Keeping up with the upkeep

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So I was reading the article about the CVSA workshop wrap up in Land Line yesterday. Contrary to the belief of some, who enjoy calling what I write “fluff and puff and stuff” (I secretly like it, but I’m not letting on too much), I do try to keep up with the issues at hand, and I do vote and make my opinions known to my representatives in Congress. I don’t drive a truck, but the industry fully supports our family, both monetarily and physically, and I really do care about the state of it.

Tis the season for inspections. Read more about the heat turning up this time of year at this link. Oh, and did anybody see inspection action Wednesday?Tis the season for inspections. Read more about the heat turning up this time of year at this link. Oh, and did anybody see inspection action Wednesday?

CVSA, as we all know, are the fine folks who host an annual inspection party, and have for the past 28 years. Roadcheck isn’t a bad idea. No one who is serious about the industry wants to have a bunch of raggedy, unsafe vehicles sharing the roads with them. It just seems like if they’d do inspections regularly, instead of a big, rabid push all at once, the overall safety would improve. I mean, it is the only industry with a dedicated police force. It makes more sense to spread it out a little, but this is coming from H.R. Fluff and Puff, so please, take it with a grain of salt.

That being said, I had to read this sentence three times, to make sure I had it right.

Among the big issues up for discussion was the organization’s petition to remove the English language proficiency standard from the Federal Motor Carrier Safety Regulations, a request that was denied.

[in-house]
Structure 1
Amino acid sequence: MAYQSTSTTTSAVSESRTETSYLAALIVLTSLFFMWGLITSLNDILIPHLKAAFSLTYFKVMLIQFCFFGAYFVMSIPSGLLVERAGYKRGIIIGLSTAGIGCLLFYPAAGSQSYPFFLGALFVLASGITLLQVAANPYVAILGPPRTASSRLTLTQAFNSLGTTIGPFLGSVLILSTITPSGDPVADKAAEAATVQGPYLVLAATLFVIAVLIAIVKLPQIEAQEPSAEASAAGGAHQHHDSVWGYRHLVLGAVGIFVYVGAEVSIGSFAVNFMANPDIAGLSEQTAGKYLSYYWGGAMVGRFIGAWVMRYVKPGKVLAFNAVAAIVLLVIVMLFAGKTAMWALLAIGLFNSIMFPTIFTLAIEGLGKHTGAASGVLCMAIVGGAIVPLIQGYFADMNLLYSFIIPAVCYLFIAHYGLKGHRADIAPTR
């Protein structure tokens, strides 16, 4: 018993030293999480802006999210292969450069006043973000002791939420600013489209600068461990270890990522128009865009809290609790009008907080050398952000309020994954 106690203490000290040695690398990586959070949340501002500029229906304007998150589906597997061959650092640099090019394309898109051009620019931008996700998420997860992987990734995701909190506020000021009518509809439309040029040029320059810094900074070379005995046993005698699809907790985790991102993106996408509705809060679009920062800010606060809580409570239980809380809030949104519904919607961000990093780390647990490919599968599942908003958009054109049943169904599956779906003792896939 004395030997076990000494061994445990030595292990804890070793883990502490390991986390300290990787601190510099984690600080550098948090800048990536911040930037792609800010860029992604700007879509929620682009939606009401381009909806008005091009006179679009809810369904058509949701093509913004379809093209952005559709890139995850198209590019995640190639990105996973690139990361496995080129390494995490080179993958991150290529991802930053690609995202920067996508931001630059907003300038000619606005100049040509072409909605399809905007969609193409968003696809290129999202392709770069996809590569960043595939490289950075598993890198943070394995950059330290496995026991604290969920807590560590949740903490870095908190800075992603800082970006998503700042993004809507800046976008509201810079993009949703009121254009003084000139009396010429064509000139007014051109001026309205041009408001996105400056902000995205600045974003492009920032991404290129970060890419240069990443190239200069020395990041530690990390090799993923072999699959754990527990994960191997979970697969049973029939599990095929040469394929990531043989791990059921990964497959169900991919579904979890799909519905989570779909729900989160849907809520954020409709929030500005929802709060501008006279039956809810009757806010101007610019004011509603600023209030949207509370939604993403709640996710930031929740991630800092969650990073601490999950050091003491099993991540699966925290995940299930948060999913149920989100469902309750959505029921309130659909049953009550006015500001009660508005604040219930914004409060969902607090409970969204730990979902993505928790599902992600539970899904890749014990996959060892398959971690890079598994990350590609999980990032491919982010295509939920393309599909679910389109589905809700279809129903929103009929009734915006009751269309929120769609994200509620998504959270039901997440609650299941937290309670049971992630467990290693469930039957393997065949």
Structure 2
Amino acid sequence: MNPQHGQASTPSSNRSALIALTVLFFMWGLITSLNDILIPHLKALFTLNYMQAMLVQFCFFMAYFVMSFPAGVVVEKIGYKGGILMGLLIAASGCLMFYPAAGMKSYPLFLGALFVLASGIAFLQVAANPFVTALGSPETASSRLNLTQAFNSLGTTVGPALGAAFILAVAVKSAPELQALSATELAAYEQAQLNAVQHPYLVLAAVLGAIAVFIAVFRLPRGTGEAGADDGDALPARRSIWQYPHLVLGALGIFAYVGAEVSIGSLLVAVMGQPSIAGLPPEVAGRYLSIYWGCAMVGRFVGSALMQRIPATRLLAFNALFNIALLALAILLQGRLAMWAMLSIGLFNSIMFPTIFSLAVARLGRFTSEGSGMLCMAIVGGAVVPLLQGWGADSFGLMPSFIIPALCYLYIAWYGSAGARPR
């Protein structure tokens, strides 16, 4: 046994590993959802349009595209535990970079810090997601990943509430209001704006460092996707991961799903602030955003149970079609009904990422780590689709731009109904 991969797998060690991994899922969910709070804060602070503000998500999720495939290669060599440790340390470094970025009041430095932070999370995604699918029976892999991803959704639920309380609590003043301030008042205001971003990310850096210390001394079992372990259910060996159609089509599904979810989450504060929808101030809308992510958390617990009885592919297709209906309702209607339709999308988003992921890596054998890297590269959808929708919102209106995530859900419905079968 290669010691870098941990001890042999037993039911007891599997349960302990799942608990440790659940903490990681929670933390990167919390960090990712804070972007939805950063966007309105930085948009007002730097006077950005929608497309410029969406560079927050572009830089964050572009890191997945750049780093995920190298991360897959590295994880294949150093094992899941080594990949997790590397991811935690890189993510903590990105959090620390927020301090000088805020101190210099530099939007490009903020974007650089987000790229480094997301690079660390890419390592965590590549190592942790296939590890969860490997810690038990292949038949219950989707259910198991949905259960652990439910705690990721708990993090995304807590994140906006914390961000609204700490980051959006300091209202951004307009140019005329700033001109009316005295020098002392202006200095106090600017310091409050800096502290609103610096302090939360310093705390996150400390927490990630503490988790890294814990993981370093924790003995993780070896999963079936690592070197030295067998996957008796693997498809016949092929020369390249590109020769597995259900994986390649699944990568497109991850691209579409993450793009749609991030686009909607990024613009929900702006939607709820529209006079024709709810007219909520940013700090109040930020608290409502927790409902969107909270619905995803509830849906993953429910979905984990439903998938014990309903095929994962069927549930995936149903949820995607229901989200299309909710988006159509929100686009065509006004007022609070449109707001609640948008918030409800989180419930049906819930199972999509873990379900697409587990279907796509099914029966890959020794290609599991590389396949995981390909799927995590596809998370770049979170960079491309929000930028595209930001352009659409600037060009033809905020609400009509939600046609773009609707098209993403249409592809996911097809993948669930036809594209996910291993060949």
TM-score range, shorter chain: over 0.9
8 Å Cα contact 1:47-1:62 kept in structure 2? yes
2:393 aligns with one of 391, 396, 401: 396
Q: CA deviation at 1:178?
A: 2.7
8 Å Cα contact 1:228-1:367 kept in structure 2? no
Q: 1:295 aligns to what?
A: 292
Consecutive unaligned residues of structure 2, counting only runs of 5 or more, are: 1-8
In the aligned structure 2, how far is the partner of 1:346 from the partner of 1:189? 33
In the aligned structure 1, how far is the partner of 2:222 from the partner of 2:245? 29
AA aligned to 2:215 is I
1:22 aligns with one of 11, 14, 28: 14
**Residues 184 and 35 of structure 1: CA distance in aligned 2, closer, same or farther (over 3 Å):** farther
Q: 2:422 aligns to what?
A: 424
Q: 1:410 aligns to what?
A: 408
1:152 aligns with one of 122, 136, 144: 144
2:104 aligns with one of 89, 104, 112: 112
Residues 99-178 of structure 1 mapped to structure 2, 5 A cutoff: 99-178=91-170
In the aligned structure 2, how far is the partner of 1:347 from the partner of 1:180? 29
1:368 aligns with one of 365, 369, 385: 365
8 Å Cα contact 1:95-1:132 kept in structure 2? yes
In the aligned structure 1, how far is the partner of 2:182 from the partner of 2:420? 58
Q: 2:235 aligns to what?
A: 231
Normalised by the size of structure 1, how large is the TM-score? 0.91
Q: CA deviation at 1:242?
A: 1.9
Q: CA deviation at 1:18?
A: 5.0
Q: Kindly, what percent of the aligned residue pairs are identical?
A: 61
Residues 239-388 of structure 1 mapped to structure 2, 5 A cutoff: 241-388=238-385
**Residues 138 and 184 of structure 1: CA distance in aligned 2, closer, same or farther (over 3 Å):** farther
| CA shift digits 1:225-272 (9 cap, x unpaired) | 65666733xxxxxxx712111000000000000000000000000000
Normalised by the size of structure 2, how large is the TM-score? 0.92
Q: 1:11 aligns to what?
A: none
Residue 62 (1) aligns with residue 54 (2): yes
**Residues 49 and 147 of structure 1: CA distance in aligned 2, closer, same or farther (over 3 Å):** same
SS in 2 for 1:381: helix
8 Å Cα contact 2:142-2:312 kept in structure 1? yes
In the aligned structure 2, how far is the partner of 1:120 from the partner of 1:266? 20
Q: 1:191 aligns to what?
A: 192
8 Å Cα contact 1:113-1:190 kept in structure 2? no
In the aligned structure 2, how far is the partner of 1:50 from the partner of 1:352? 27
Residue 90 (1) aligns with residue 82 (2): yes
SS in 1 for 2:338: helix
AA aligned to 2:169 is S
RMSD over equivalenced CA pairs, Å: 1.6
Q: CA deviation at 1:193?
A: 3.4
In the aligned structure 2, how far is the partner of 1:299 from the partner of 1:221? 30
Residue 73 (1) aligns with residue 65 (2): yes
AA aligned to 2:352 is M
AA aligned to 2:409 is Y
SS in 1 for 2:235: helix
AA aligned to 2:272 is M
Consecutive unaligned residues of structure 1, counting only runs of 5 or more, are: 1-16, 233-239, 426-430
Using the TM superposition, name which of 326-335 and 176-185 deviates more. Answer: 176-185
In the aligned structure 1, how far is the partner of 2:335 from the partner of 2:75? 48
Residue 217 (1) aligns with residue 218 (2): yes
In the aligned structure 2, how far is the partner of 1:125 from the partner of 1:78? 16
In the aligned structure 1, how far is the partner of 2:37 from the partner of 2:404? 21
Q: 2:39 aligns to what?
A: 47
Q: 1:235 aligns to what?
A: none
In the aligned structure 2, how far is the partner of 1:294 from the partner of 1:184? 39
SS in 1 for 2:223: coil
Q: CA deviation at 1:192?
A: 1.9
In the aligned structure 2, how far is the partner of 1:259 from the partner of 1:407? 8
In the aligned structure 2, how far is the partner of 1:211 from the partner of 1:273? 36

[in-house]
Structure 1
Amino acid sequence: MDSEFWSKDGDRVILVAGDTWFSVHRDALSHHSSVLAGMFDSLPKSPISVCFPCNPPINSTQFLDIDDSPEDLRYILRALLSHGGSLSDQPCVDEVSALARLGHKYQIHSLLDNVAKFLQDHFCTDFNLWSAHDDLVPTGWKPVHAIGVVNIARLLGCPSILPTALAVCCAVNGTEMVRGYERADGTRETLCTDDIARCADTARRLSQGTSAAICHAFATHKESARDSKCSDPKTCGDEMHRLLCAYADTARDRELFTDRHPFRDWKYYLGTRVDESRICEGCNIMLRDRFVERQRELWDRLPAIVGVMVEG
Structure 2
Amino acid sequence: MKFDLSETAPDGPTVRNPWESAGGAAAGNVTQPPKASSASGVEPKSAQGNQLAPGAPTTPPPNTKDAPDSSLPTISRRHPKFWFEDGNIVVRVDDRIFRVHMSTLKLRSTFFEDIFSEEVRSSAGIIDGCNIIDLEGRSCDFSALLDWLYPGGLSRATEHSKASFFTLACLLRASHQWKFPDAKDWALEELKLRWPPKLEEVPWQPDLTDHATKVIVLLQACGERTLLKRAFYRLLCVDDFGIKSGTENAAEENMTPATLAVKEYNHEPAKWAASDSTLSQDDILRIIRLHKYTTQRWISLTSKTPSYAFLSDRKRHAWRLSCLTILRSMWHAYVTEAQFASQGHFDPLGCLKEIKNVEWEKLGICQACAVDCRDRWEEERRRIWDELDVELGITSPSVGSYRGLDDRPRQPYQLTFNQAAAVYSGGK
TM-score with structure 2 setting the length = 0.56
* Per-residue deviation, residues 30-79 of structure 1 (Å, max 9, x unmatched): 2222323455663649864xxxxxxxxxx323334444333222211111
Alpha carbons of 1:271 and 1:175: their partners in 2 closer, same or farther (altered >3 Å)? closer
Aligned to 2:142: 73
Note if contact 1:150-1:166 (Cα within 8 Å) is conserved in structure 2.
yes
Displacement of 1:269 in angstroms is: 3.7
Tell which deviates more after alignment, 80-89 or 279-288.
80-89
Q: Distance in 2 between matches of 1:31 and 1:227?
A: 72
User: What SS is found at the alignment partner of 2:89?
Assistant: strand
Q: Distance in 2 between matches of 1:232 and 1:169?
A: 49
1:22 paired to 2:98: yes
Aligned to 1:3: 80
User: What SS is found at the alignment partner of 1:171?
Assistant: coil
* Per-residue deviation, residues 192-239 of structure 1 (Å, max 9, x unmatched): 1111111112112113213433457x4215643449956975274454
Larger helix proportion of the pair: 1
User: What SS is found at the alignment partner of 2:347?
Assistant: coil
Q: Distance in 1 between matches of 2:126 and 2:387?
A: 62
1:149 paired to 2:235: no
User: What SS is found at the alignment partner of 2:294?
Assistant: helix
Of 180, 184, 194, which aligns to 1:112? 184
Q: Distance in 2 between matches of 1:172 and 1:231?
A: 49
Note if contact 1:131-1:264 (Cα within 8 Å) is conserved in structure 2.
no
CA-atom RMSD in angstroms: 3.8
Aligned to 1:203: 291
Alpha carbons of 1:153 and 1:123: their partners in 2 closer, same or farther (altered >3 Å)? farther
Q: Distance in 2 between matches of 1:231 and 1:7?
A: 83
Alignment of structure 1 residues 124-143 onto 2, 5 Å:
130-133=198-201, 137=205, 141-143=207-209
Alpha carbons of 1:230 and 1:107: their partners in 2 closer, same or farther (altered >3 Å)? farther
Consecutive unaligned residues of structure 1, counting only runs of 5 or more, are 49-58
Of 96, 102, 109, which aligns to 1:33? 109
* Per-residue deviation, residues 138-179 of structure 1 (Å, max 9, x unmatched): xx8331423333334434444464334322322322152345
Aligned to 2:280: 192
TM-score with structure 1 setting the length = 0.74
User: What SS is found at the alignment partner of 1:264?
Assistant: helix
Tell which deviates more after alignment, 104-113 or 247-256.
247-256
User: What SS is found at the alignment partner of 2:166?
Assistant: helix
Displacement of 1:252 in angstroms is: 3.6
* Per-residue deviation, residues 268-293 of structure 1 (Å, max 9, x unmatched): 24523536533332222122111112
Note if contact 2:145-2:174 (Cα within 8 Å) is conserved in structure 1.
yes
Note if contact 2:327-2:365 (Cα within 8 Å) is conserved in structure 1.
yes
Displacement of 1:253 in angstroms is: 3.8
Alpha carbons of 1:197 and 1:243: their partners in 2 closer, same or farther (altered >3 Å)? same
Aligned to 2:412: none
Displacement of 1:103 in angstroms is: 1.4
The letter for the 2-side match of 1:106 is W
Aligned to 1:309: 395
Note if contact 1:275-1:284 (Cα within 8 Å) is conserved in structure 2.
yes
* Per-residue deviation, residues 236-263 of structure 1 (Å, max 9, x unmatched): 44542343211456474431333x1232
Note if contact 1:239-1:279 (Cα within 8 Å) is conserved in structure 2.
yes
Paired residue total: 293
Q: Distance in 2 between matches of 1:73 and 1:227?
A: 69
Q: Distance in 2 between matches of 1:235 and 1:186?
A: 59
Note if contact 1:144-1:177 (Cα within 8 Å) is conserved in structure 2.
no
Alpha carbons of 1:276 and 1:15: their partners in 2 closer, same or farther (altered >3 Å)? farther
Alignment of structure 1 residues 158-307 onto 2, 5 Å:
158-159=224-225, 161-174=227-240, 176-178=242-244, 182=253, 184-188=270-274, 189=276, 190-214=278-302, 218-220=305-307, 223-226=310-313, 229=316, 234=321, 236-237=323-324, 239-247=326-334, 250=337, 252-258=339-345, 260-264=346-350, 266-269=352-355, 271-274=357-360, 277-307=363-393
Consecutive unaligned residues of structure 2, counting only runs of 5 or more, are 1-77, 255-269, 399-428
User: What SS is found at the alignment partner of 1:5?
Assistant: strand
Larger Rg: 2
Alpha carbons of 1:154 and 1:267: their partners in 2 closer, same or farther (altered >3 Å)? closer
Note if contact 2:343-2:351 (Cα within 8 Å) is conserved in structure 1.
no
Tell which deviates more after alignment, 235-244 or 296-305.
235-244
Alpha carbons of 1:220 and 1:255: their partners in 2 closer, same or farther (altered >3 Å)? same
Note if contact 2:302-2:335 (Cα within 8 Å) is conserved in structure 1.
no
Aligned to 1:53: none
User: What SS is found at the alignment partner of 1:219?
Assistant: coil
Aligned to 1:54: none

Well I can’t imagine why it was denied. All of our street signs and traffic warnings are tri-lingual, right? Oh. They’re not? Then why are we even talking about this? This is where someone should stand up in the meeting and say, “Are you effing even serious with this right now?” I’m going to go as far as to say thank you to the FMCSA for having the sense to stand up for something that actually increases safety, instead of the exact opposite. Bravo.

The absolute scariest part of the article was a quote from Doug Morris, OOIDA security operations director, who stated that language proficiency resulted in 101,280 violations in 2014, with only 4,036 of those drivers ordered out of service.

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Am I the only one who thinks it’s terrifying that 101,280 people were out there driving big trucks and unable to read the road signs proficiently? And 4,036 of them were so bad they had to be detained? It sounds like the opening of a horror story to me. (Excuse me while I scribble down some notes…)

Before the racist fluff and puff and stuff comments commence, this has absolutely nothing to do with hating other languages, cultures or people. It has to do with the fact that English is our most commonly spoken, used and recognized language in this country, and as a matter of self preservation alone, it should be learned well enough to read caution signs on the highway before you cut loose with 80,000 lbs. underneath your butt.

Safety first.

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